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Taking Stock: VAT tribunal wraps up Chilango HMRC battle

burrito

THE TAXMAN has turned up the heat on takeaway businesses after winning a lengthy VAT battle against London-based Mexican eatery Chilango, after the restaraunt chain argued that its burritos, tacos and other menu items should be given a zero VAT rating.

In February 2013, the crowdfunded Mexican restaurant, which has five sites in London and two outside the capital, claimed a £681,623 refund from HMRC after deciding that its takeaway sales between December 2008 and March 2012 should have been zero-rated.

As well as that the burrito purveyors ceased to account for VAT its Mexican food items, with HMRC assessing that the chain owed £59,328 in VAT for June 2012, as well as £28,416 for the September 2012 period.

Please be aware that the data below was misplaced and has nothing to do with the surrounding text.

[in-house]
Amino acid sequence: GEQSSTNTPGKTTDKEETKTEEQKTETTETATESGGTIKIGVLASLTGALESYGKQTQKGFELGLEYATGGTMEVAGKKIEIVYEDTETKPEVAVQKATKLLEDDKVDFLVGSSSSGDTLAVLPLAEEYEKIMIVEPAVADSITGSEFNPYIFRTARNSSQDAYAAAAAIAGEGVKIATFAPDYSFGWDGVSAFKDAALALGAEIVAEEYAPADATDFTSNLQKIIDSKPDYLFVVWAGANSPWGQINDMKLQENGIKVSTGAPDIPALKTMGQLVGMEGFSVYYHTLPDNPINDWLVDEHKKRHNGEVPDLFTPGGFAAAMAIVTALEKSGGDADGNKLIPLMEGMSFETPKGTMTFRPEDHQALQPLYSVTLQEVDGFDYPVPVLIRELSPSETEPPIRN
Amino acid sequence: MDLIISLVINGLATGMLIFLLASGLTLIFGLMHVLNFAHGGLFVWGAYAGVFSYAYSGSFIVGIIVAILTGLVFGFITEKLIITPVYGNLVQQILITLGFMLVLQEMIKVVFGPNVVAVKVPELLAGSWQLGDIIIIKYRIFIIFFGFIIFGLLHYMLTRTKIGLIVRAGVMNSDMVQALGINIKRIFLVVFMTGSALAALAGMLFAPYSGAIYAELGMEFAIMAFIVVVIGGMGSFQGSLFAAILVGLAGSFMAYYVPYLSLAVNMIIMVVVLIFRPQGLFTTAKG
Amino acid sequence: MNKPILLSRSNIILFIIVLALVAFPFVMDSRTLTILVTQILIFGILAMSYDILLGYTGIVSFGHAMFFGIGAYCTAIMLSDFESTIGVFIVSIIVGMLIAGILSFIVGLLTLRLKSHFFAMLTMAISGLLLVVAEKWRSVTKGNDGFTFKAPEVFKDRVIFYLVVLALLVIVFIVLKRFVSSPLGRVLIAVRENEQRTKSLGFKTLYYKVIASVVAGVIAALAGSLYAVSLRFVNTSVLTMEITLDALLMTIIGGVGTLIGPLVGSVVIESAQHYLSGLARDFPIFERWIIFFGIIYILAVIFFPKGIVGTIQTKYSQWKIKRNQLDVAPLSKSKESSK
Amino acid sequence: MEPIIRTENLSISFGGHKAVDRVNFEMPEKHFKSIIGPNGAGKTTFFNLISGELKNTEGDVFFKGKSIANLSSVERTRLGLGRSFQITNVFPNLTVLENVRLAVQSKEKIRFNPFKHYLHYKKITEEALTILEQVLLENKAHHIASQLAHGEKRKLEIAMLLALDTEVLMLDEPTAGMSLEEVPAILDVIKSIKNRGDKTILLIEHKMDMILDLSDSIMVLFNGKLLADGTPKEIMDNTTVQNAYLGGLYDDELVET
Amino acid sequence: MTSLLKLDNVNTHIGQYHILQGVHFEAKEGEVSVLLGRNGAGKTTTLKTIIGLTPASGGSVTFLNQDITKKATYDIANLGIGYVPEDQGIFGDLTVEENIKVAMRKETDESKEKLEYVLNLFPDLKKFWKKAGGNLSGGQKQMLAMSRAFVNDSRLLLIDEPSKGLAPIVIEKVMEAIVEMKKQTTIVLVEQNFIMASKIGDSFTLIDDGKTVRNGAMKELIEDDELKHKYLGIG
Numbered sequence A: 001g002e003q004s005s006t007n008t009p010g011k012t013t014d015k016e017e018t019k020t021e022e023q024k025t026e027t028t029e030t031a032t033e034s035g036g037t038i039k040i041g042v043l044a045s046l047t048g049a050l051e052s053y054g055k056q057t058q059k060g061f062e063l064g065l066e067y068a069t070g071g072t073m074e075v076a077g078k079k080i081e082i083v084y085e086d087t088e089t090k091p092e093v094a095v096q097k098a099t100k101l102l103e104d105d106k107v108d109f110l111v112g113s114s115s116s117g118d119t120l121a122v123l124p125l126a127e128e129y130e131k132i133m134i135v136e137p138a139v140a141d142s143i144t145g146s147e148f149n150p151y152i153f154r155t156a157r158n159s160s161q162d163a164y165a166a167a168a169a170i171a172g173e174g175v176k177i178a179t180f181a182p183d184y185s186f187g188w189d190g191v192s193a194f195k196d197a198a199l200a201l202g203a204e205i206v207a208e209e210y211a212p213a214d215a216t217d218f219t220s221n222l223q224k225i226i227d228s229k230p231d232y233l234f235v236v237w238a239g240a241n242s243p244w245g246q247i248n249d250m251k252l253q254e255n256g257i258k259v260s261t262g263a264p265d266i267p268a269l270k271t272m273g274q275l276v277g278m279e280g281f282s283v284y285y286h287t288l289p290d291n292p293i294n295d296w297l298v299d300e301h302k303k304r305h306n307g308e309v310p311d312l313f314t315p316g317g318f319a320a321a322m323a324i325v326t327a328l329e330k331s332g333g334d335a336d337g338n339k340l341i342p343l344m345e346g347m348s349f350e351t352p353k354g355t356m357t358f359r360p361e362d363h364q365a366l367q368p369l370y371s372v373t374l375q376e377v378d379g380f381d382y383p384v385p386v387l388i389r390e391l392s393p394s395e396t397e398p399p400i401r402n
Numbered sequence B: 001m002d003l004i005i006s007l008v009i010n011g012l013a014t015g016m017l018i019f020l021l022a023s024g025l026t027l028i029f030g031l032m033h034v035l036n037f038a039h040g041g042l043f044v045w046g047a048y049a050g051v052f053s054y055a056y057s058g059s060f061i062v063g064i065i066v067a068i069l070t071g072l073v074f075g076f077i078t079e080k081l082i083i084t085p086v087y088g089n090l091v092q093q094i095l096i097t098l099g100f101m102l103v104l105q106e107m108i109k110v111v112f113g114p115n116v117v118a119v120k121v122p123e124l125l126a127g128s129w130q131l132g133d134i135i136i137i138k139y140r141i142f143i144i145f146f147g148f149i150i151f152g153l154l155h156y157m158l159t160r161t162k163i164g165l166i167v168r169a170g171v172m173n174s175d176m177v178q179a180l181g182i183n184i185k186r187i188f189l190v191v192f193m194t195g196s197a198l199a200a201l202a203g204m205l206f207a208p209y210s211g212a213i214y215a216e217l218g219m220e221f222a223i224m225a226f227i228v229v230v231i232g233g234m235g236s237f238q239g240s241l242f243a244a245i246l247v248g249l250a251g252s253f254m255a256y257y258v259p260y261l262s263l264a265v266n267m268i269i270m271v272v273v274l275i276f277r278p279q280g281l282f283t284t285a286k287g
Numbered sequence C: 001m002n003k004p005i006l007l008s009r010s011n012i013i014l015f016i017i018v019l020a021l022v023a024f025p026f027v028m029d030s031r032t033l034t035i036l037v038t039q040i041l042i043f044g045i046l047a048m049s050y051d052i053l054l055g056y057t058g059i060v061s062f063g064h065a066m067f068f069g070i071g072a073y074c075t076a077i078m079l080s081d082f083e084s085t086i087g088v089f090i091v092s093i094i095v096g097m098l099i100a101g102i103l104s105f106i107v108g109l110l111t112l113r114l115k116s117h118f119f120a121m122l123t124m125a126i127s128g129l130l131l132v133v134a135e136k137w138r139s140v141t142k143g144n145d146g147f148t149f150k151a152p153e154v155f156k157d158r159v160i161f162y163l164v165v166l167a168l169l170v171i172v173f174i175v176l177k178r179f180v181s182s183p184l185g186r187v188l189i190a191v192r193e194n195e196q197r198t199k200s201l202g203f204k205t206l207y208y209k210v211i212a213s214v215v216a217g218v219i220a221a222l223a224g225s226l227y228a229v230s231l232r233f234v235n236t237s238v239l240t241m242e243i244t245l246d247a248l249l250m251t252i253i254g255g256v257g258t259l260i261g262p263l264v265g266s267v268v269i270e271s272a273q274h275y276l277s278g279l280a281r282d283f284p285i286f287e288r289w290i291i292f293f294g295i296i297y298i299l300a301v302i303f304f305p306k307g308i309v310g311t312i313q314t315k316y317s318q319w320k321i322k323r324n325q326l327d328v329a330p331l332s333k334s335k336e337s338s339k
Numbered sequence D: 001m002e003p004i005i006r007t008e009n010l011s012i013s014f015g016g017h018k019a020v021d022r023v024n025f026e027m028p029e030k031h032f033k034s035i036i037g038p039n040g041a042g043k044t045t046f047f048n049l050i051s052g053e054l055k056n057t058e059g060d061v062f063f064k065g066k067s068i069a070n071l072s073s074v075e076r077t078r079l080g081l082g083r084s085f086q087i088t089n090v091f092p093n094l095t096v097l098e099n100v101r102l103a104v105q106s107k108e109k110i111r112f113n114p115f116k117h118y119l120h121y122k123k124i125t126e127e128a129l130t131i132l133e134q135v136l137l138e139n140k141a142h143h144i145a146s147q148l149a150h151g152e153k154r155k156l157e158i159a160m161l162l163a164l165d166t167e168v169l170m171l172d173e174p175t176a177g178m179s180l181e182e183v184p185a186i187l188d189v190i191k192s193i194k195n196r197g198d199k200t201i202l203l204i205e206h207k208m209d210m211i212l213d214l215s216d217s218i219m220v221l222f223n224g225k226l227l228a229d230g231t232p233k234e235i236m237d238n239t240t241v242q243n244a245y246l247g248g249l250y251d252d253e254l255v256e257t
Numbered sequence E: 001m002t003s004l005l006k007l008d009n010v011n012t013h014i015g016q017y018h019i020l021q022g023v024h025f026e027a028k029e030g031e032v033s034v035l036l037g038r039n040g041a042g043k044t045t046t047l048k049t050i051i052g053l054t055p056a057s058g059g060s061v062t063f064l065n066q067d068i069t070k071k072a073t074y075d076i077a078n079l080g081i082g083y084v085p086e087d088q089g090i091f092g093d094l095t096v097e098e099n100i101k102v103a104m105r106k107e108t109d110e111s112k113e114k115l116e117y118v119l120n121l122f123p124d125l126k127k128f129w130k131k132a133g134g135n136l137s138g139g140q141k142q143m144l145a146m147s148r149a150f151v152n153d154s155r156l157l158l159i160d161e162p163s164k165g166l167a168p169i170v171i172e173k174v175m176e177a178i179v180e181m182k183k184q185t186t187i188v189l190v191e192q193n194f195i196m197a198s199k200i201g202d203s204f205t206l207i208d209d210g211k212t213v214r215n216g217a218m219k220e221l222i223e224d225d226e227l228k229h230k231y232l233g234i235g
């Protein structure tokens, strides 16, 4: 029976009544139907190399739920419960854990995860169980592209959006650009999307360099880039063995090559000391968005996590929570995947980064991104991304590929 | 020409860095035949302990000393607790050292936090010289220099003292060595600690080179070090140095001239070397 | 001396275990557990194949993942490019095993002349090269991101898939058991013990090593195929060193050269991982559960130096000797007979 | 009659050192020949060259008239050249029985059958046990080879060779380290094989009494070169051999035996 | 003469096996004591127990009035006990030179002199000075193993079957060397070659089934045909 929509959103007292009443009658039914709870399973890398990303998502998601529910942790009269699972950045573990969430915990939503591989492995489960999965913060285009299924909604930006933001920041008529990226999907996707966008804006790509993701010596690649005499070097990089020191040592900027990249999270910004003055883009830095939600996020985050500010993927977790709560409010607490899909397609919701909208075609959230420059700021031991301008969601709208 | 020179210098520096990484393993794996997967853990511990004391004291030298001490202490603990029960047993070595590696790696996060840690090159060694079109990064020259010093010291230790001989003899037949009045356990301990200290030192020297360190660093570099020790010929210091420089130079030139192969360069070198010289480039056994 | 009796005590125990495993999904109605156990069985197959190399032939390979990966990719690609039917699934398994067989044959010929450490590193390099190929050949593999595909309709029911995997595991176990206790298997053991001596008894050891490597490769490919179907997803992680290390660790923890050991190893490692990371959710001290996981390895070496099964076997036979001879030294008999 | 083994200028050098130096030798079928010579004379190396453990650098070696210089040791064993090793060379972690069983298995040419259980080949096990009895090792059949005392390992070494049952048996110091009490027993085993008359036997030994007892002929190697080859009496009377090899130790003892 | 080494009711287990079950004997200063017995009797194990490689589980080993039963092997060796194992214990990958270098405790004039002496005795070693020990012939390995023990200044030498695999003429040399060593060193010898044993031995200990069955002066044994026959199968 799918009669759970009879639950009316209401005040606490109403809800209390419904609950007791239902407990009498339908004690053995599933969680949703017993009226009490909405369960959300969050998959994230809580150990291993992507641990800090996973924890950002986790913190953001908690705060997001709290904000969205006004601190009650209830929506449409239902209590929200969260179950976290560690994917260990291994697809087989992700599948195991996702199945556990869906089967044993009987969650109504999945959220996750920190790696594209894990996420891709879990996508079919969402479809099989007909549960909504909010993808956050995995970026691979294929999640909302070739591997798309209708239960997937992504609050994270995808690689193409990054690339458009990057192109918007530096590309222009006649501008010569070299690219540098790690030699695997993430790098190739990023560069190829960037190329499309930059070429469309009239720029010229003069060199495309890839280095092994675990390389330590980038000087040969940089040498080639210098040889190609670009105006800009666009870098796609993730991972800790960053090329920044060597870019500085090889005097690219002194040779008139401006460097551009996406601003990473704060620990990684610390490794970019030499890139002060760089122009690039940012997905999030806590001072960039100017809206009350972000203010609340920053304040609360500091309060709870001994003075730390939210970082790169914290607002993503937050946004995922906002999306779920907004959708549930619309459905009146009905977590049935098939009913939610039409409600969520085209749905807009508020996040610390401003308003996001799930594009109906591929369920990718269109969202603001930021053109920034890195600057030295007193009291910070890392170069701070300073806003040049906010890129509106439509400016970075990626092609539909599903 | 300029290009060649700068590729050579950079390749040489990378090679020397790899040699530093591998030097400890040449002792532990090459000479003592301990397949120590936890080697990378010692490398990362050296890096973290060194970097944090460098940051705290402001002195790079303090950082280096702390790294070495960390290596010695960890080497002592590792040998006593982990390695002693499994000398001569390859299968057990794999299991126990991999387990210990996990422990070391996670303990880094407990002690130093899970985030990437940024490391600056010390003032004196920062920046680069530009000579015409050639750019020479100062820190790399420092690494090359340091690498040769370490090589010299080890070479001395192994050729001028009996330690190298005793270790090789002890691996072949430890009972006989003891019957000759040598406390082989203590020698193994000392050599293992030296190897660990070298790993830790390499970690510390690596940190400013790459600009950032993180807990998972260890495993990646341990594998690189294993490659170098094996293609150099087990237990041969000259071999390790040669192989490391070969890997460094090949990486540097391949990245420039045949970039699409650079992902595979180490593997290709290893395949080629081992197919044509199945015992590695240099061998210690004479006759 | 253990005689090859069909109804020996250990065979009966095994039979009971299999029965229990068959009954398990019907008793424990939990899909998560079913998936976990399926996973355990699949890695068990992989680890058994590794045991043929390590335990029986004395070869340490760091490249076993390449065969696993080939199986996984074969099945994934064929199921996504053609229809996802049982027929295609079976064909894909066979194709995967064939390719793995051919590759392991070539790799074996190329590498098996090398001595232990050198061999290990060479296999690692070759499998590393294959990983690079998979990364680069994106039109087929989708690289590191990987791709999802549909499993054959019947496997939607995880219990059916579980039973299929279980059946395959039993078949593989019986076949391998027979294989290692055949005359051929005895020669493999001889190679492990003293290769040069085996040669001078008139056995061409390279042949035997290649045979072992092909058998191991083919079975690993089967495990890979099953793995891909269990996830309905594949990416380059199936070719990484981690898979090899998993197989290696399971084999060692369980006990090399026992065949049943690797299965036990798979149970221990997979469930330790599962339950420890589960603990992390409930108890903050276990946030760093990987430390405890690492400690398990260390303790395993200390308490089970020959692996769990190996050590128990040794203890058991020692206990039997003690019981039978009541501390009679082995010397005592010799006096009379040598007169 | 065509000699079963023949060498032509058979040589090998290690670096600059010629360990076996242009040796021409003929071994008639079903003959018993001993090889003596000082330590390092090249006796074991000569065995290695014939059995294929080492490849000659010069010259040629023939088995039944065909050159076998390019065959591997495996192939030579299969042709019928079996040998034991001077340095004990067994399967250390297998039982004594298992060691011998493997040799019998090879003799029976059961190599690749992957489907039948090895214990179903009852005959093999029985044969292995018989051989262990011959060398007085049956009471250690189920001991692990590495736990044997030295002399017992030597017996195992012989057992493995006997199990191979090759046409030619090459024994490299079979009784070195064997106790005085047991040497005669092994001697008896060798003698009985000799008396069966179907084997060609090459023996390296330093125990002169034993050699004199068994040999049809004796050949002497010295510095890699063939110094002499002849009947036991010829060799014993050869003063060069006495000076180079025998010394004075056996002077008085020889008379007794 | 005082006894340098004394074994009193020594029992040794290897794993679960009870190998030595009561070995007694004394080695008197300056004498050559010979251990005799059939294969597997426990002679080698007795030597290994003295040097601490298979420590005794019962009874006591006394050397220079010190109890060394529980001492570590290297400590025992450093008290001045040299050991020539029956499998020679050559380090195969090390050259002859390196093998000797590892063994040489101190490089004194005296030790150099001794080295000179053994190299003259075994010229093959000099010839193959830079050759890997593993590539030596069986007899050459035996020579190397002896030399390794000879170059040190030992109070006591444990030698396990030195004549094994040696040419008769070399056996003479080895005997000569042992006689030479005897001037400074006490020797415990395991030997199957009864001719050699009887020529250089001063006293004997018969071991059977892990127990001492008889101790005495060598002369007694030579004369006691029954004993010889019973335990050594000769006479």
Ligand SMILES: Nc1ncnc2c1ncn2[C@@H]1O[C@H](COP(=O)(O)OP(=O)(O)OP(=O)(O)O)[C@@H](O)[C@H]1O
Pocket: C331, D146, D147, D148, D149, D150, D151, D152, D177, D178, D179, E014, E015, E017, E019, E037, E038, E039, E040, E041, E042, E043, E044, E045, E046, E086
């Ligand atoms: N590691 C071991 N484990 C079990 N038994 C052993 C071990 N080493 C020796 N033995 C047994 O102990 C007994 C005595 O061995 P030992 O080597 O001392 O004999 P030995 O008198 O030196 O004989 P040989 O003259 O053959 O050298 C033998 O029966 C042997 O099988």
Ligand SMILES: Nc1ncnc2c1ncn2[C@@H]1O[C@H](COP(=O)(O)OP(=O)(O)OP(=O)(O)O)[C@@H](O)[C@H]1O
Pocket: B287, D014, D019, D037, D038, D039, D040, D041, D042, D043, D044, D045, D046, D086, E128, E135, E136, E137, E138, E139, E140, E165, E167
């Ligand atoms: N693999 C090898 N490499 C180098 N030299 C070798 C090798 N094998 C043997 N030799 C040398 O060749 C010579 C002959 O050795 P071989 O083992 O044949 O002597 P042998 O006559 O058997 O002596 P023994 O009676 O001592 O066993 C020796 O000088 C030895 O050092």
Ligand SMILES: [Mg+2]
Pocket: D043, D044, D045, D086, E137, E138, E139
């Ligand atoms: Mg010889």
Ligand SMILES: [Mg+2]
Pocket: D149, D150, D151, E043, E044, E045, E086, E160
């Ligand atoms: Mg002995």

Chilango argued that that it was the overall temperature of the product that should determine whether the product was liable for VAT. Many of its products included meat filling which was heated, whereas its salad, salsa, cheese and other sauces were cold, which Chilango thought was reason enough to get away from paying VAT.

The FTT ruled that Chilango “failed to demonstrate that the products (containing all or some of meat, rice, beans and fajitas) were not heated for the common purpose of enabling them, or a part of them, to be consumed at a temperature above the ambient air temperature,” thus dismissing the firm’s appeal.

There have been a number of food-related VAT cases in recent times, including the infamous Jaffa Cake saga, and more recently a dispute over VAT on frozen fruit.

TS can only hope that Chilango doesn’t hike its burrito prices up; otherwise it will need another place to go after a Friday-night session.

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